Wolynes used this fundamental law to conceptualize folding in a new way. The top of his folding funnel represents all of the possible ways a protein can fold. As individual stages of the protein come together, the number of possibilities decreases and the funnel narrows and eventually reaches its functional native state.
A funnel's rugged landscape is different for every protein. It shows smooth slopes as well as outcroppings where parts of a protein may pause while others catch up, and also traps that could cause a protein to misfold.
"The funnel shows that the protein tries things that are mostly positive rather than wasting time with dead ends," Wolynes said. "That turns out to resolve what was called Levinthal's paradox." The paradox said even a relatively short protein of 100 acids, or residues, that tries to fold in every possible way would take longer than the age of the universe to complete the process.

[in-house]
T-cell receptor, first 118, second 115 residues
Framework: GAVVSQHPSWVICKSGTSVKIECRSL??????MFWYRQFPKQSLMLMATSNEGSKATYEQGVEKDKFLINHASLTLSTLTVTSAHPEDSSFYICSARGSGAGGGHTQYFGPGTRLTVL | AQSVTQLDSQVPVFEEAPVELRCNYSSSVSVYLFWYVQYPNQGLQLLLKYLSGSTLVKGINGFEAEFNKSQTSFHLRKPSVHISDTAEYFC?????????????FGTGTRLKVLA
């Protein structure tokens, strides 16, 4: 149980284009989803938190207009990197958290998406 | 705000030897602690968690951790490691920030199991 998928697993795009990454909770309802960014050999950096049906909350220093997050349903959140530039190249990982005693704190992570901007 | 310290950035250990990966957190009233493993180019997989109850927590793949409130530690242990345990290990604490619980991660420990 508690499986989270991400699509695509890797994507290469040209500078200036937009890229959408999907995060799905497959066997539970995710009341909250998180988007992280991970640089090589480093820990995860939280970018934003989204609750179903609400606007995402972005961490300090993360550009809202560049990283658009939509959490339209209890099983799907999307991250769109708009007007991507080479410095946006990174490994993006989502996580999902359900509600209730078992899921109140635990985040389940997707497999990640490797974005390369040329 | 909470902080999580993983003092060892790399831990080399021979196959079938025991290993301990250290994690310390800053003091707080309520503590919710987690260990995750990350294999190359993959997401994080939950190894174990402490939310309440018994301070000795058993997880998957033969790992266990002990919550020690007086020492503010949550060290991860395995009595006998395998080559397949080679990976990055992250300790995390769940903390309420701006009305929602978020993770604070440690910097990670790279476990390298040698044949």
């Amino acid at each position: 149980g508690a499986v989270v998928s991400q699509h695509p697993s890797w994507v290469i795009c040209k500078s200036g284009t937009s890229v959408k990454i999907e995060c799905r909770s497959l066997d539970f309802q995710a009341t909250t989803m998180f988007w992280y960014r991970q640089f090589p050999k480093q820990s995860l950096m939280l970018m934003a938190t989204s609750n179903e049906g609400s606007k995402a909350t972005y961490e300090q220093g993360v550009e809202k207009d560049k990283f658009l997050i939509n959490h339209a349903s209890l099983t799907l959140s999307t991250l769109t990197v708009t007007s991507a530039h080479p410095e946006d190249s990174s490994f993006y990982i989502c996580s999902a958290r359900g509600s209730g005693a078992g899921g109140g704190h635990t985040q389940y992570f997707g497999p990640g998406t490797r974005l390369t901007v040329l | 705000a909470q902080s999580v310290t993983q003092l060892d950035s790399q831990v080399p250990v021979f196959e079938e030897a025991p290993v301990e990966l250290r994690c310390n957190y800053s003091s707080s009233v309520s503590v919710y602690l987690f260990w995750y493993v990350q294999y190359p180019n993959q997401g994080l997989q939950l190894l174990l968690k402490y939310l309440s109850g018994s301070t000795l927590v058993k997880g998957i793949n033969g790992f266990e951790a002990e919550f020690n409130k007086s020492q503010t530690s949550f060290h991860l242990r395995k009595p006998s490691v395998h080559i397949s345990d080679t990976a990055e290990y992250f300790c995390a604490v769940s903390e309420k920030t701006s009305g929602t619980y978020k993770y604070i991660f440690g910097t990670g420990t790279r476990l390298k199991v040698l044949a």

That may be true for random sequences, but clearly not for evolved proteins, or we wouldn't be here. "A random sequence would go down a wrong path and have to undo it, go down another wrong path, and have to undo it," said Wolynes, who in his original paper compared the process to a drunken golfer wandering aimlessly around a golf course. "There would be no overall guidance to the right solution."
So the funnel is a useful map of how functional proteins reach their destinations. "The only way to explain the funnel's existence is to say that sequences are not random, b
|Contact: David Ruth|